[ntp:questions] Number of Stratum 1 & Stratum 2 Peers

Martin Burnicki martin.burnicki at meinberg.de
Tue Dec 16 11:48:57 UTC 2014

Brian Inglis wrote:
> It would be interesting to know what percentage of the pool servers even
> use
> a leapseconds file, and how many of those have a valid copy.
> I am certain that very few clients use a leapseconds file.
> OTOH the timezone/zoneinfo package uses its own leapseconds file (for
> "right"
> time - now zoneinfo-leaps), and distributes that and the original, a script
> that checks and converts it to their own format, and utilities that use it.

As far as I can see the the leap second file shipped with the tzdata 
package is generated automatically from a leap second file in NIST format.

However, there is an important limitation: the tzdata version of the 
leap second file is missing an expiration date, so even if a program 
like ntpd could use this file directly it would never know if no more 
leap second has been scheduled after the last one mentioned in this 
file, or if the file just hasn't been updated recently enough.

There is an ongoing discussion about a new "tzdist" protocol which could 
be used to deploy updated time zone rules as published by the tzdata 
package automatically, without the need to pull in a new tzdata package 
in the form of a software update.

This sounds like a very good extension to programs like ntpd:

- NTP (or PTP) takes cares that the computer's UTC time is correct

- tzdist takes care that the DST rules are updated automatically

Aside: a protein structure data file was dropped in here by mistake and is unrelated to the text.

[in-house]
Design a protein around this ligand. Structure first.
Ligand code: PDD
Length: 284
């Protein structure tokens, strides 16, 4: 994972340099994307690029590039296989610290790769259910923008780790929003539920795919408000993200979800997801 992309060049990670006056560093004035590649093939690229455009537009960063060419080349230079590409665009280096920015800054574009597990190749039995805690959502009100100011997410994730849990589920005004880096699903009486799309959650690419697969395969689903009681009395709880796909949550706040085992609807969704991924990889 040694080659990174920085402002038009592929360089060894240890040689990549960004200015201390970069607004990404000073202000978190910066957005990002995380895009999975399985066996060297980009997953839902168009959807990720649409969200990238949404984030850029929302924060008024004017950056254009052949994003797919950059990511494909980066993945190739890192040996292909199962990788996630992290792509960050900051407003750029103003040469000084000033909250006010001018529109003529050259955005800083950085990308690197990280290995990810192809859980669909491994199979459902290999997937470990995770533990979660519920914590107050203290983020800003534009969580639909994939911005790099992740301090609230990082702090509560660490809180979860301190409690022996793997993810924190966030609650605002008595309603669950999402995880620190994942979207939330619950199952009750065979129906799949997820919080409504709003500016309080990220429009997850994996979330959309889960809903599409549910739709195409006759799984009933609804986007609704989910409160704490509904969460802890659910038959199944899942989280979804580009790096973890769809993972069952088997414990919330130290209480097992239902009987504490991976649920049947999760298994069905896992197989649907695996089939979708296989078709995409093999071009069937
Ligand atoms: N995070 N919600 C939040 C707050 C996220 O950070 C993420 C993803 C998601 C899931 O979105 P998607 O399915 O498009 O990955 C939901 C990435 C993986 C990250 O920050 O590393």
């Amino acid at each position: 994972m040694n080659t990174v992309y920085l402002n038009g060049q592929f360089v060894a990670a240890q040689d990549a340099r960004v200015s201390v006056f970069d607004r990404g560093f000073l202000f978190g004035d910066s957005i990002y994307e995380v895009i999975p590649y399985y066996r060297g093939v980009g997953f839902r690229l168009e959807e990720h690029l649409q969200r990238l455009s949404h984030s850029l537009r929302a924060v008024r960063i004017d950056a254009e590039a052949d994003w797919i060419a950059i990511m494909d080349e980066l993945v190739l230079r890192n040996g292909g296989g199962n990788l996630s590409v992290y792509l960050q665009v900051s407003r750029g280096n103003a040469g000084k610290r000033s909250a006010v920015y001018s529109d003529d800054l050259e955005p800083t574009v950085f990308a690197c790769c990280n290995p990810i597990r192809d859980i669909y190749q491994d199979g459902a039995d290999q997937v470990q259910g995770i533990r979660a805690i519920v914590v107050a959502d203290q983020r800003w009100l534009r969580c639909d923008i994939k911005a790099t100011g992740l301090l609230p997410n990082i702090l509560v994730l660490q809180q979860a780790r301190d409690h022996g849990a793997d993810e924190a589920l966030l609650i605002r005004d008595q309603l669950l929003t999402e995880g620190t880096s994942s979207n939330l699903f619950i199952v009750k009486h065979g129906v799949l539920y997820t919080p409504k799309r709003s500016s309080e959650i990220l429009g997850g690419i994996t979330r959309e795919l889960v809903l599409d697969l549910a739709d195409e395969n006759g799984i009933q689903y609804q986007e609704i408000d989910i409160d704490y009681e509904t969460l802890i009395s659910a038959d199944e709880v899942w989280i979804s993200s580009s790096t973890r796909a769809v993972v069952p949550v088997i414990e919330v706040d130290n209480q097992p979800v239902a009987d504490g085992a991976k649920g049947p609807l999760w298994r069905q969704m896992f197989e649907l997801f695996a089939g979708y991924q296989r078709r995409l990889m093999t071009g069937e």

The latter may not be too important for countries where the DST rules 
don't change very often, but can be *very* helpful for countries like 
Morocco, Egypt, or Israel, where these rules are changed every year, and 
the decisions on the beginning or end of DST are only published a few 
days before they actually happen.

Since the tzdist protocol also provides historical time zone information 
I have proposed on the tzdist mailing list also to include a list of 
leap second events in a generic format, which would also allow to 
compute accurate time intervals across past leap second events. Of 
course this proposal includes an expiration date.

Such leap second table could be used to provide programs like ntpd or 
ptpd with automatic updates from a tzdist client, without having to copy 
a file the exact name you may not know from an FTP or HTTP server of 
which you don't know if you are allowed to access it from your 
geographic location (there have been such restrictions in the past).

Unfortunately most participants in the discussion on the tzdist mailing 
list don't seem to accept the importance of a generic way to distribute 
a leap seconds table. Instead, they seem to prefer to accept a way to 
distribute the leap second file as provided by tzdata (without 
expiration date) in a binary format.

Beside this, IMO the IERS should be the authoritative source for a leap 
second file since it is the institution deciding whether a leap second 
is to be scheduled, or not. I've proposed this to the IERS folks, and 
the replied they would "think about this".


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